Vail Valley Voices: A way to ﬁx health care
Vail, CO, Colorado
America’s health care system will never be as great as it could be unless Congress will accept for itself what it mandates for the rest of us.
The much-quoted 2000 World Health Organization statistics (the last year the agency compiled the results) listed the United States 37th out of 190 countries for overall health care systems.
Neither individual experience nor overall public satisfaction was used in the evaluation. Nevertheless, it raises critical questions. The Blendon et al study rates public satisfaction, and the J. Parsons study rates health care expenses per capita.
Even though WHO ranked Denmark 34th, the public satisfaction rating is more than 90 percent positive. France was ranked No. 1, but only 65 percent of the residents rated their system as satisfactory, and No. 2-ranked Italy has only a 16 percent public satisfaction rating.
Singapore, ranked sixth, has the only libertarian-style health care system of the top-ranked countries, where the individual takes responsibility for his or her own health care issues, and their health care expenses are 25 percent of what an American spends.
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All the studies reviewed showed America as spending more money per capita than any other country, and yet the Blendon study shows the American public satisfaction rate as less than 50 percent.
Most of the top-rated countries tax their workers at rates from 13 percent to 32.6 percent for socialized health care and pay 70 percent to 75 percent of the medical expense, with the balance being paid by the individual or supplemental personal health care insurance, and yet long waits for service are a constant complaint. Clearly, something has to be done.
For those truly interested, all of this information is available in the public domain.
After much research and thought, since Americans are heading for the socialistic-type system, the plan listed below is one I believe would work for America:
Many would-be doctors, nurses, pharmacists and technicians simply would not pursue their degrees due to the high cost of education and malpractice insurance and the fact that the HMOs restrict their incomes.
Should the government pay the cost of education, pay the graduate a reasonable starting salary and require the professional to work a minimum of 30 hours per week at a government facility, that would allow the employee to choose between operating their own practice for the balance of their time or putting in more time at a government facility at a reasonable hourly rate.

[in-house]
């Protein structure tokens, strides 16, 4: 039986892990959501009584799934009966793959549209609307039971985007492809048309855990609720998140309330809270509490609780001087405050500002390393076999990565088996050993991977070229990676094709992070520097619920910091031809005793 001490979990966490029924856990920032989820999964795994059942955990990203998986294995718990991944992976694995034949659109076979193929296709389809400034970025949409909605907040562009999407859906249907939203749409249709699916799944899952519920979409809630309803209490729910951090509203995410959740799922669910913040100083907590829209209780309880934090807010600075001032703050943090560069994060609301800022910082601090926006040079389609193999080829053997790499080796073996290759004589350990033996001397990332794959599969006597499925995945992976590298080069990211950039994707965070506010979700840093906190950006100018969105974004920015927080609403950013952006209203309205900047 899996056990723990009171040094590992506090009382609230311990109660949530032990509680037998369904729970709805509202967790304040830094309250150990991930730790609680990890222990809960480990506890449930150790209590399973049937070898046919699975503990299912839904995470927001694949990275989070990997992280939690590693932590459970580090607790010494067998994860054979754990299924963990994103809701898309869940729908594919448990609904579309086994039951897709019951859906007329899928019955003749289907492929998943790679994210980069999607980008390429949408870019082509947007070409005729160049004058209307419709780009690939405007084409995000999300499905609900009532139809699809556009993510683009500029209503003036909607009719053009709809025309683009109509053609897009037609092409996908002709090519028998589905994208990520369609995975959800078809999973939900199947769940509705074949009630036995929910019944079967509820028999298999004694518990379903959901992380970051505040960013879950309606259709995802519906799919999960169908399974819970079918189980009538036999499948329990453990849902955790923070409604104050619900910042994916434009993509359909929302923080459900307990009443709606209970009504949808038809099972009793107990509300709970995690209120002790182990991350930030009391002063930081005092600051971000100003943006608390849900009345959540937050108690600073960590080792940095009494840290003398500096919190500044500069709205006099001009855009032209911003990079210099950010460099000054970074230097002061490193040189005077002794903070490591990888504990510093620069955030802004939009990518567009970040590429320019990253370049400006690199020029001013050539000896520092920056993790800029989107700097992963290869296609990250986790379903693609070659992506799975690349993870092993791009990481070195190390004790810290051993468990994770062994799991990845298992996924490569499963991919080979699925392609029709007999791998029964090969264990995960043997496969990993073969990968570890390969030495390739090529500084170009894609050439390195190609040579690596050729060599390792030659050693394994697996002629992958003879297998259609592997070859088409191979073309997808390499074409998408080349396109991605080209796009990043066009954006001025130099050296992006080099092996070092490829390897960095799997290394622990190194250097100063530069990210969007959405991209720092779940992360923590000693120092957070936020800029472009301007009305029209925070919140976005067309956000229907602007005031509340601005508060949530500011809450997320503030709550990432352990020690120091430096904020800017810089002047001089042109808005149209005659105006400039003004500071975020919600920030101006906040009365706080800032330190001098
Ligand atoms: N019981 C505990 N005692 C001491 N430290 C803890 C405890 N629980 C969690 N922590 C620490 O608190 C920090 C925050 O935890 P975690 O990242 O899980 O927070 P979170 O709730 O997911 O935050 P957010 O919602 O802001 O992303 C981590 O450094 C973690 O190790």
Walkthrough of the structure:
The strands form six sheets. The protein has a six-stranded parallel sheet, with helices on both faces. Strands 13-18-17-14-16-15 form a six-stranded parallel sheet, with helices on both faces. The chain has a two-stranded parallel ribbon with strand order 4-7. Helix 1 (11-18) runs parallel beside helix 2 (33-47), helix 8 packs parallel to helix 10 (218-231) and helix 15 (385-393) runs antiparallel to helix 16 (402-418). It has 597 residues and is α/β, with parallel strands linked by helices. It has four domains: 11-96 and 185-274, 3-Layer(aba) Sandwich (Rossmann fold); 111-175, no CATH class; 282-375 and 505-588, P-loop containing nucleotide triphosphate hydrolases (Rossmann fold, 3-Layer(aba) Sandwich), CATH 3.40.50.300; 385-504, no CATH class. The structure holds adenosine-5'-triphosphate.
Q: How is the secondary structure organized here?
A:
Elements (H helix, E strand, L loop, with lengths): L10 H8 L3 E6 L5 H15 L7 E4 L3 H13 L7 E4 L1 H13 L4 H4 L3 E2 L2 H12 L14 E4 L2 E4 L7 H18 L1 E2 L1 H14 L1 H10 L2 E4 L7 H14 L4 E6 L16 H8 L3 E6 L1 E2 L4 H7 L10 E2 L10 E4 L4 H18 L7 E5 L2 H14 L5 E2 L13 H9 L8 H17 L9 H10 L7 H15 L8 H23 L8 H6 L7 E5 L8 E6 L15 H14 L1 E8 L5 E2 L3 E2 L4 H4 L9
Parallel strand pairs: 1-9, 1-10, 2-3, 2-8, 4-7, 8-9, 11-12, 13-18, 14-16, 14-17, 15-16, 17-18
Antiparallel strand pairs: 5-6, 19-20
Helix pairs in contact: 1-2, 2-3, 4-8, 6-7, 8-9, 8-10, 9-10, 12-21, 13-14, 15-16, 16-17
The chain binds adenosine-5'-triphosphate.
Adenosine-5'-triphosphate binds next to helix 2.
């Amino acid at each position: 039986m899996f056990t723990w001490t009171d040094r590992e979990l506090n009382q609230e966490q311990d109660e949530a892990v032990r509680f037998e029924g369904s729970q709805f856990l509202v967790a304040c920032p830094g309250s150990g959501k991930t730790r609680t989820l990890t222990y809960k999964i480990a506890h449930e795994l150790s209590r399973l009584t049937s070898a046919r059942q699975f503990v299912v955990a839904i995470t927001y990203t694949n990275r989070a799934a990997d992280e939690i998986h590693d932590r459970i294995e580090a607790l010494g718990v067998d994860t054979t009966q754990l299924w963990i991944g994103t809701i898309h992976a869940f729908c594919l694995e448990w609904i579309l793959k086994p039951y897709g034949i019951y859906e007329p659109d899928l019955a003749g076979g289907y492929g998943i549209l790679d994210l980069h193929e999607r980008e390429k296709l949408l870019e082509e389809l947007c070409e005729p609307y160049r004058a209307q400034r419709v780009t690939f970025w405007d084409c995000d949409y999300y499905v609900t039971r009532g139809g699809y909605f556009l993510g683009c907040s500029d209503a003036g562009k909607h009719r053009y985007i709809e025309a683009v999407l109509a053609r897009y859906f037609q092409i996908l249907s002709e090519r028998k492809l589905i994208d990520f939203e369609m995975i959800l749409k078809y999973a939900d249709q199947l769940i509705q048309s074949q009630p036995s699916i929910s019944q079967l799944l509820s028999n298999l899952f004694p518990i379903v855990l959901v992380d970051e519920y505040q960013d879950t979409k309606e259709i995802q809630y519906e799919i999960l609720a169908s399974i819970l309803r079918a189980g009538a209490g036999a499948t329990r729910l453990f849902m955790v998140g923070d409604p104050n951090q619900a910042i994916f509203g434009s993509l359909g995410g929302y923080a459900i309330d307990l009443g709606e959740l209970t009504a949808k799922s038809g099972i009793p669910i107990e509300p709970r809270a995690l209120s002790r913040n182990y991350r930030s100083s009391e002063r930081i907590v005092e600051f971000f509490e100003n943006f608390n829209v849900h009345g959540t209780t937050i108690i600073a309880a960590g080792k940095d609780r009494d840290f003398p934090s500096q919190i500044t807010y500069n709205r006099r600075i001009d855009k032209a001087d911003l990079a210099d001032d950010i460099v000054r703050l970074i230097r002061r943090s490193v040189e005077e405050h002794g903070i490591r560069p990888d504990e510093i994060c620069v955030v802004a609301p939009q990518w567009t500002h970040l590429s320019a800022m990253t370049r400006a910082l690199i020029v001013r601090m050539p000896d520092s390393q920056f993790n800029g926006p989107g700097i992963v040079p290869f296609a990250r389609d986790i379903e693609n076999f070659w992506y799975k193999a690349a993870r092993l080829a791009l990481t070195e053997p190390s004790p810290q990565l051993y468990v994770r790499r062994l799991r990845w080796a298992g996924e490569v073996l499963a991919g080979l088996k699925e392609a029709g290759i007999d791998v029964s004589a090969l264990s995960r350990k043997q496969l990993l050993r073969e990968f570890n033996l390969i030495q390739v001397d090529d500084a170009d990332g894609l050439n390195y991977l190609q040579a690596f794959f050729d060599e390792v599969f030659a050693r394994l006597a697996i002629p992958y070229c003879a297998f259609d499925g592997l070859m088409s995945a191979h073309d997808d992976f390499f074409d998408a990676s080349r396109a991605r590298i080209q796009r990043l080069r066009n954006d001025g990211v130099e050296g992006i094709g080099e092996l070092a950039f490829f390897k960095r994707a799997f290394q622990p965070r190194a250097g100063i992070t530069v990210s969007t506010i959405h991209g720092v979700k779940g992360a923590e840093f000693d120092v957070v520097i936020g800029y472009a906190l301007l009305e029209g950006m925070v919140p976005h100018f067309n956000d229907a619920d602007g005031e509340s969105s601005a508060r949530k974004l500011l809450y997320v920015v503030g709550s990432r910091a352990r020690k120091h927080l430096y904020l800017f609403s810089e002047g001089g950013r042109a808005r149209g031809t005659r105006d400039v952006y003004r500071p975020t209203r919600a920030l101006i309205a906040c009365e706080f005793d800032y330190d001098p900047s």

A “reasonable” salary would be predicated upon the facts that the graduate will have no student loans, no malpractice insurance and no overhead for operating a medical facility.
This simple process addresses several aspects of our country’s growing challenges.
First, we would have universal health care for all taxpayers and their families. The current “free” care to our congressmen and congresswomen would be eliminated, and those savings would go toward operating these facilities.
Patient payment is to be determined using a sliding scale premised on several factors based upon tax returns, volunteer work and need. A nonprofit insurance cost would be deducted from each paycheck, that cost also to be determined by the same factors as patient payment, and those payments would be applied to the costs of running such a facility.
Once the patient checked in at the biometric scanner, all records would become available and the receptionist could address the concerns of the patient.
The medical facility would be operated at the state level. That way, initially there might be 50 separate systems. Each year all of the states could compare what works best and adjust accordingly.
This type of program has worked extremely well for decades at veterans’ hospitals. If the patient wishes to have private health care, that option is also available but at the patient’s expense.
Such a program might take four years
to set up – or perhaps much sooner if
current student loans are paid off by the government.
Also, the population might become better educated. Our country needs more engineers, mathematicians, chemists and various other higher-education positions. This type of program can be adapted to many types of needs. The ideas are endless.
Chas Bernhardt is a 35-year Vail Valley